Accommodation Bill - Definition
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What is an Accommodation Bill?
An Accommodation Bill is signed by a third party called an accommodation endorser. This bill enables the second party to obtain a loan or credit for a specific purpose. The third party stands as the guarantor for the second person to secure credit or a loan.
Example of Accommodation Bill
Three methods can be used to process fees under accommodation bill arrangements. They are the following;
- Party accepting an invoice solely for ordering
In the process, parties that need credit open accounts that are accepted by friends without any consideration. In this scenario, if a party needs money urgently, he can give an invoice to his friend requesting funds. At the due time, the person who collected the fund pays to the friend that accepted the invoice which is then paid.
- A bill drafted for mutual benefit
In this scenario accommodation bills are assigned and influenced by mutual benefits. If Mr A attracts a bill which is accepted by Mr B with an agreement that some parts of the revenue will be sent to Mr B who accepted the bill, this is an instance of mutual benefit. Parties involved in this type of accommodation bill arrangement assign discounted fees at the same rate that align with the funds assigned to the account.
- When both parties request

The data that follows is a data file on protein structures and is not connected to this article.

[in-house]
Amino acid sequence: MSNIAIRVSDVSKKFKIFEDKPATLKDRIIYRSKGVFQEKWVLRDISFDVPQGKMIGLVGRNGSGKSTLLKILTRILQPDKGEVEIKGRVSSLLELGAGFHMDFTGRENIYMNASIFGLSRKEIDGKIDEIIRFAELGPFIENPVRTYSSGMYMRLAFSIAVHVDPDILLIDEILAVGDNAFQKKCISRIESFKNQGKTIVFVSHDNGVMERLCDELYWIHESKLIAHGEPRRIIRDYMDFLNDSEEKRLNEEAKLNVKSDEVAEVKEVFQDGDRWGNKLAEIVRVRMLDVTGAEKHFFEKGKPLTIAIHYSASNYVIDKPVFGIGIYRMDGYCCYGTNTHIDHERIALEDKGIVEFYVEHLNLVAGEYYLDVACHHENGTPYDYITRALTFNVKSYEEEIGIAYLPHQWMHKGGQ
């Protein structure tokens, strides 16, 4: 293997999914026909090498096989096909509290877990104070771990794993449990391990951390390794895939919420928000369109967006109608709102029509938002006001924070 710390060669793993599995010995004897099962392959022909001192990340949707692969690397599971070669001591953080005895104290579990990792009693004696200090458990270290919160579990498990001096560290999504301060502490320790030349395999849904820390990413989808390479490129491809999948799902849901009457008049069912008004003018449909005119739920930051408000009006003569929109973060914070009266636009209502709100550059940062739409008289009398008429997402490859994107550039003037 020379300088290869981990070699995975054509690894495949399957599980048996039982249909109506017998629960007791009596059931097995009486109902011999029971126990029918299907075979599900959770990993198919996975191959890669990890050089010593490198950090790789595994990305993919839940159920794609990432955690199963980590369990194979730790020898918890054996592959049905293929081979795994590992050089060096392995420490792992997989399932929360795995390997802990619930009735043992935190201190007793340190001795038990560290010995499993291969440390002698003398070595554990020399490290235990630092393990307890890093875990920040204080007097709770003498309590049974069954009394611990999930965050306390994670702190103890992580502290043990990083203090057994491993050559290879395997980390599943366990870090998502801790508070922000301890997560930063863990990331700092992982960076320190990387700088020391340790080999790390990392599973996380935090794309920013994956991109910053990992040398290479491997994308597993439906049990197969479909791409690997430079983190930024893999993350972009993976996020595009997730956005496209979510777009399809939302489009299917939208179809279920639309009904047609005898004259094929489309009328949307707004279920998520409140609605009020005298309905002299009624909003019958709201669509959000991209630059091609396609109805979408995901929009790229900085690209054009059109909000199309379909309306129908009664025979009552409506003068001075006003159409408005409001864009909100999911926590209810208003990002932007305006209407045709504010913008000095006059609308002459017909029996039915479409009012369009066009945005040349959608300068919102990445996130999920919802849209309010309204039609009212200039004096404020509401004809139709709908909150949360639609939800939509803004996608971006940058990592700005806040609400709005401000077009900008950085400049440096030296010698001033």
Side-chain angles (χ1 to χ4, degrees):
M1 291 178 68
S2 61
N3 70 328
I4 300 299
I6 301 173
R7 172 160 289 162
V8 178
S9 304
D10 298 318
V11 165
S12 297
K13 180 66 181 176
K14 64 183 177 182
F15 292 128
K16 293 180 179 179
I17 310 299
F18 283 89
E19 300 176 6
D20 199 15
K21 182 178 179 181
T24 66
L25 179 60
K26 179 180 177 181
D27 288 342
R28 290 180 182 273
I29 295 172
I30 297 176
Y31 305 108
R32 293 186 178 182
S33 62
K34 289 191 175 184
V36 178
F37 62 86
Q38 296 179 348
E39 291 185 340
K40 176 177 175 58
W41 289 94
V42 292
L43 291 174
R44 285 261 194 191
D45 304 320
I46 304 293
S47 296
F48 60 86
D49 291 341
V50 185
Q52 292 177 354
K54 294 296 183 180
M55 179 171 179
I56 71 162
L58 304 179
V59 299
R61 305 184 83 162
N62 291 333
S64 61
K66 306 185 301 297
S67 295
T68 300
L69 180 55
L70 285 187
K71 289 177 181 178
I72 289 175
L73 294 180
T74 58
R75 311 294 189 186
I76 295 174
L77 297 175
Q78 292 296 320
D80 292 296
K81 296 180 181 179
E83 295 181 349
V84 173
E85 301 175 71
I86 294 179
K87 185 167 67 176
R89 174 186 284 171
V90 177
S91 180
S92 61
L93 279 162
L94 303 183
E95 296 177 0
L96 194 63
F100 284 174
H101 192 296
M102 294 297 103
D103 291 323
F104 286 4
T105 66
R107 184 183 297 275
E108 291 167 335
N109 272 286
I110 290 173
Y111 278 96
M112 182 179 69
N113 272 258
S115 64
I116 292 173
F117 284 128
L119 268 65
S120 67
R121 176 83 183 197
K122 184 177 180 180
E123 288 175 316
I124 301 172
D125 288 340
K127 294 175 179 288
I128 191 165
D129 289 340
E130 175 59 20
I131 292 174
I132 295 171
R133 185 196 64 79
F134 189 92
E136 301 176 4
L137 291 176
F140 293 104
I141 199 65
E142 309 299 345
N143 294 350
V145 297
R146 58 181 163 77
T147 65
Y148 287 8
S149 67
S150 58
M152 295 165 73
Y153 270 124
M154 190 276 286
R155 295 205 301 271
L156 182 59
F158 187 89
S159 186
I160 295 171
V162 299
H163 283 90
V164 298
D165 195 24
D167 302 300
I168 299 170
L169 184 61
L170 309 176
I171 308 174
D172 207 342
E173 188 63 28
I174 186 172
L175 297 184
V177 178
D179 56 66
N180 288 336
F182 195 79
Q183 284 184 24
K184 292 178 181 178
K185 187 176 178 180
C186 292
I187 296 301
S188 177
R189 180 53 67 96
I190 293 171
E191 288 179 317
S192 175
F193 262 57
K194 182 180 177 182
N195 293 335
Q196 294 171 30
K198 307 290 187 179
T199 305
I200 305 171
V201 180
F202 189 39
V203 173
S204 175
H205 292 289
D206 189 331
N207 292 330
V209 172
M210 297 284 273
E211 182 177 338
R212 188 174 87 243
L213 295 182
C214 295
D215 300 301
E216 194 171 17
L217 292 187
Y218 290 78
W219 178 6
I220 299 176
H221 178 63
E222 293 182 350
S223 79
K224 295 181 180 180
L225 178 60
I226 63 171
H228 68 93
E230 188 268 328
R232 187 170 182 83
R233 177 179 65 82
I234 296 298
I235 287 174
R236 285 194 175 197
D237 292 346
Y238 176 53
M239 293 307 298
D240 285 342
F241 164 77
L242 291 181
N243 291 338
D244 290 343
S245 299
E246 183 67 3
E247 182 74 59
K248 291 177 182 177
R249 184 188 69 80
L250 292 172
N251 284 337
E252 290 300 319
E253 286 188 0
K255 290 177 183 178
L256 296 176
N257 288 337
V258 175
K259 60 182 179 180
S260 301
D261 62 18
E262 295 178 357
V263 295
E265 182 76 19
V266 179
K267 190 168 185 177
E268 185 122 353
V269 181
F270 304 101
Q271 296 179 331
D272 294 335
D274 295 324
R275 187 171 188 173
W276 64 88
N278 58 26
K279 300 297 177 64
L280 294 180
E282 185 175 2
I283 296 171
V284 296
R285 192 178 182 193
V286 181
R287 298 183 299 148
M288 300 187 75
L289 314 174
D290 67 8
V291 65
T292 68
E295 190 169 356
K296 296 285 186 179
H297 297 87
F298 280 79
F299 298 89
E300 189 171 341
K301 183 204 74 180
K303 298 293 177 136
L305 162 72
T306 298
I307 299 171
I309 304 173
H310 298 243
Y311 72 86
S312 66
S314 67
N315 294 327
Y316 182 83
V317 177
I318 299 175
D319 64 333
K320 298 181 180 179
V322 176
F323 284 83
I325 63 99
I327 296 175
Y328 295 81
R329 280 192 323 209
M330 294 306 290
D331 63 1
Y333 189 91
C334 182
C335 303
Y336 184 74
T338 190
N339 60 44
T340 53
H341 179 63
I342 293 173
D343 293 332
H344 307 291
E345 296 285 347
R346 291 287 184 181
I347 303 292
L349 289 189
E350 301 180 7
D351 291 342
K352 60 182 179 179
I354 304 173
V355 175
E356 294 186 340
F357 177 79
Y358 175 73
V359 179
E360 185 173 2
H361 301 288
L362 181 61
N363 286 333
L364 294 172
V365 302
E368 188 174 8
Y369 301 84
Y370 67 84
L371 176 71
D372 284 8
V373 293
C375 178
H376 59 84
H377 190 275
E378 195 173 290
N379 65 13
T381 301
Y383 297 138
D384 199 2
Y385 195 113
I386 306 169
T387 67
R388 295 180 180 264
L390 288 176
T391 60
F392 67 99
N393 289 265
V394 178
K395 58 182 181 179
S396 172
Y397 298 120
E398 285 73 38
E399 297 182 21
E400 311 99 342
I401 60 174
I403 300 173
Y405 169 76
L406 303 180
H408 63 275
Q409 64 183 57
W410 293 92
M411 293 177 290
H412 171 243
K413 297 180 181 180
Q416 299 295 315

If both parties request the same amount of money or different amounts at a time, both are liable for the cost of each invoice. However, the agreement of both invoices are respected and fulfilled at the appropriate time agreed upon.
Academic Research for Accommodation Bill
- The Negotiable Instruments Law, Ames, J. B. (1900). The Negotiable Instruments Law. Harvard Law Review, 241-257. The Reacquisition of a Negotiable Instrument by a Prior Party, Chafee, Z. (1921). Columbia Law Review, 21(6), 538-553.
- Defense of the Negotiable Instruments Law, Brewster, L. D. (1900). Yale LJ, 10, 84.
- Negotiable instruments and the federal courts in Antebellum American Business, Freyer, T. A. (1976). Business History Review, 50(4), 435-455.
- The Negotiable Instruments Law: Its History and Its Practical Operation, Eaton, A. M. (1904). Michigan Law Review, 260-297.
- Differences between the English and the German Law Relating to Negotiable Instruments, Crauford, W. G. (1957). International & Comparative Law Quarterly, 6(3), 418-441.
- Rights of Remitters and Other Owners Not Within the Tenor of Negotiable Instruments, Beutel, F. K. (1927). Minn. L. Rev., 12, 584.
- Consideration and Value in Negotiable Instruments, Wickhem, J. D. (1924).
- Bills and Notes, Chafee, Z. (1919). Harvard Law Review, 33(2), 255-280.
- The development of mercantile instruments of credit in the United States, Klein, J. J. (1911). Journal of Accountancy (pre-1986), 12(000008), 594.
- Uniform Negotiable Instruments Law Is It Producing Uniformity and Certainty in the Law Merchant, Hening, C. D. (1910). U. Pa. L. Rev., 59, 471.
- The Uniform Negotiable Instruments Law, Is It Producing Uniformity and Certainty in the Law Merchant? II, Hening, C. D. (1911). University of Pennsylvania Law Review and American Law Register, 59(8), 532-553.